Review by Frank Plowright
In A Family Secret Helena was re-united with the friend she last saw in 1942 when the Jews in Amsterdam were rounded up and transported away. Aimed at children, that book understandably skirted around the horror of the concentration camps, but The Search succeeds in straddling the difficult line of revelation without terrifying.
Much of that is down to creator Eric Heuvel and his magnificent ligne claire artwork. Obviously influenced by Tintin, it’s every bit as good as Hergé in depicting all that life has to offer. This time Huevel has script collaborators, Ruud van de Rol and Lies Schippers, and all are well served by another fine translation from Lorraine T. Miller.
The non-Jewish Helena’s wartime experiences already having been related, Esther takes centre stage here. She relates the initial circumstances of her life in Germany and how her family were fortunate enough to be able to move to Amsterdam. After a period of relative calm life took a turn for the worse when the Nazis invaded the Netherlands. Warned on the way back from school that her family had been arrested, Esther managed to escape.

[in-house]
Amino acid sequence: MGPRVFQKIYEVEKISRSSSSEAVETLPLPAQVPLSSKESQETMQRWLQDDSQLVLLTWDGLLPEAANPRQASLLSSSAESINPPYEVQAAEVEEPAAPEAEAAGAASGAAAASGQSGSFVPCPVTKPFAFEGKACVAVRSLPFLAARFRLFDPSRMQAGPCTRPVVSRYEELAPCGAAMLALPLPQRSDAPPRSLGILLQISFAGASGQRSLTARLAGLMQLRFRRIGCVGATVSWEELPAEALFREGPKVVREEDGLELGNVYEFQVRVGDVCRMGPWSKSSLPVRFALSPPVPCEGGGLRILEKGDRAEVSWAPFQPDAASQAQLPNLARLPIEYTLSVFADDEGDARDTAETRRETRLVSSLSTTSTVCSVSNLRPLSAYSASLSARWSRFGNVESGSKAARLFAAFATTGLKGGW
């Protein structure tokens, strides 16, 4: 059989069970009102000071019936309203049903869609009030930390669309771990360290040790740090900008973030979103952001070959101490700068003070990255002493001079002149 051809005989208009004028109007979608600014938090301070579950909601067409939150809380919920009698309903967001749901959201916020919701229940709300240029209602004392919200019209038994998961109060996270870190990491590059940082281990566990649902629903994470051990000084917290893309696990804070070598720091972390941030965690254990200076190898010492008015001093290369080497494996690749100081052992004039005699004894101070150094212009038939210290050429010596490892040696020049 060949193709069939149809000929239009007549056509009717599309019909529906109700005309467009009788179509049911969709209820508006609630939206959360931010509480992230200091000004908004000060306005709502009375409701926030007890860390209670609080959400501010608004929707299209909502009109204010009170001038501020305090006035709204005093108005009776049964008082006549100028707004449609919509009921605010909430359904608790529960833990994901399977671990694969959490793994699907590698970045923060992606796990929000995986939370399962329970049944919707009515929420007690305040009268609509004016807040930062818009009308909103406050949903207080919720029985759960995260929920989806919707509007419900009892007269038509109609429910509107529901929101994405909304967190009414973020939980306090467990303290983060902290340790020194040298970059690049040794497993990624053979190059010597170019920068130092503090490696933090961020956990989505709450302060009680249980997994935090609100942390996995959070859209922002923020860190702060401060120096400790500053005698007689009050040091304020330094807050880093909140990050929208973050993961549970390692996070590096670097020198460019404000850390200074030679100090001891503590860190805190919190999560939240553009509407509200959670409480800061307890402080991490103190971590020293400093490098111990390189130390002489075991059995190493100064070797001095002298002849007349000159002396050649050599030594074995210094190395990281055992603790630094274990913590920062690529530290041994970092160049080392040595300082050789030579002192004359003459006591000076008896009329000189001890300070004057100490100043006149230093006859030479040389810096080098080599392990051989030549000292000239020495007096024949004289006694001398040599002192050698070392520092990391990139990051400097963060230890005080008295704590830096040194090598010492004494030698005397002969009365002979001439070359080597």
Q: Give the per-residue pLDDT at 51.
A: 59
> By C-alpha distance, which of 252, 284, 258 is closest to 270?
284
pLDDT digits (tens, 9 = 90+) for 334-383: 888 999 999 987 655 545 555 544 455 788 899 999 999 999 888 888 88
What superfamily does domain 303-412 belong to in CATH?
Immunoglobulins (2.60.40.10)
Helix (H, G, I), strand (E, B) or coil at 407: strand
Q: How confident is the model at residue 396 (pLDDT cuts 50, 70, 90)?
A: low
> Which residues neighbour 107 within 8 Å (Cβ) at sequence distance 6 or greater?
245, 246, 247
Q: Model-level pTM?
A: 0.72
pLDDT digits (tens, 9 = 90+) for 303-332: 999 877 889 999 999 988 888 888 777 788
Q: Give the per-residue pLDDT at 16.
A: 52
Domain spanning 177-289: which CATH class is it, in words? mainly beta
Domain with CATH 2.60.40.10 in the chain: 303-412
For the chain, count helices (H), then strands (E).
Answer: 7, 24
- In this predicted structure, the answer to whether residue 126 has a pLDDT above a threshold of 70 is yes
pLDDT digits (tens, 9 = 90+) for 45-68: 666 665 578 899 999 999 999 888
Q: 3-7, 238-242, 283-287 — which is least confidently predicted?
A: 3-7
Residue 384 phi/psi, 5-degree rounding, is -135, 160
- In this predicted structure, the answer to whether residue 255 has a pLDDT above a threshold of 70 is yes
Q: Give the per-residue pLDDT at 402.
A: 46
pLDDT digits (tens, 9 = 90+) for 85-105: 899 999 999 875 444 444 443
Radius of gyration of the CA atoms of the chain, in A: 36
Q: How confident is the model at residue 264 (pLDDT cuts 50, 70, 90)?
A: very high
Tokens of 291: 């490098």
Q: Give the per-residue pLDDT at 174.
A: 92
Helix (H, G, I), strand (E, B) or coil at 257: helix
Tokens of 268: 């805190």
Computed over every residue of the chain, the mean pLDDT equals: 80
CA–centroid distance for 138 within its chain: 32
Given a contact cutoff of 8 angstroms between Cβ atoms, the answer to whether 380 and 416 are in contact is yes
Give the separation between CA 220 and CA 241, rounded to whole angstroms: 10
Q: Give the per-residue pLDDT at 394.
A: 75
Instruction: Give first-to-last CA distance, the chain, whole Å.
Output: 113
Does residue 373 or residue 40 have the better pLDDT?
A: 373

The tale switches between the past and the present, as Esther locates Bob, the boy on whom she had a crush all those years previously. He now lives in Israel, and is able to relate the fate of Esther’s parents, and his own concentration camp experiences. It’s initially odd seeing the striped pajamas of the concentration camps depicted in the style of Tintin, but this is no trivial portrayal, and while the day to day life in the camps is detailed, the imagery remains anodyne. In this context a panel of a Nazi’s book kicking and breaking a child’s doll is particularly resonant as the child had placed it on a bench before entering the gas chambers.
As was the case in A Family Secret, a considerable amount of historical information is imparted without it ever intruding on the human experience. And again as in that volume Heuvel manages a surprise and uplifting conclusion.
Heuvel and van der Rol produced a third educational World War II volume issued in 2010 and as yet untranslated into English. De Terugkeer (The Return) deals with the Japanese occupation of what was then the Dutch East Indies, and is now Indonesia.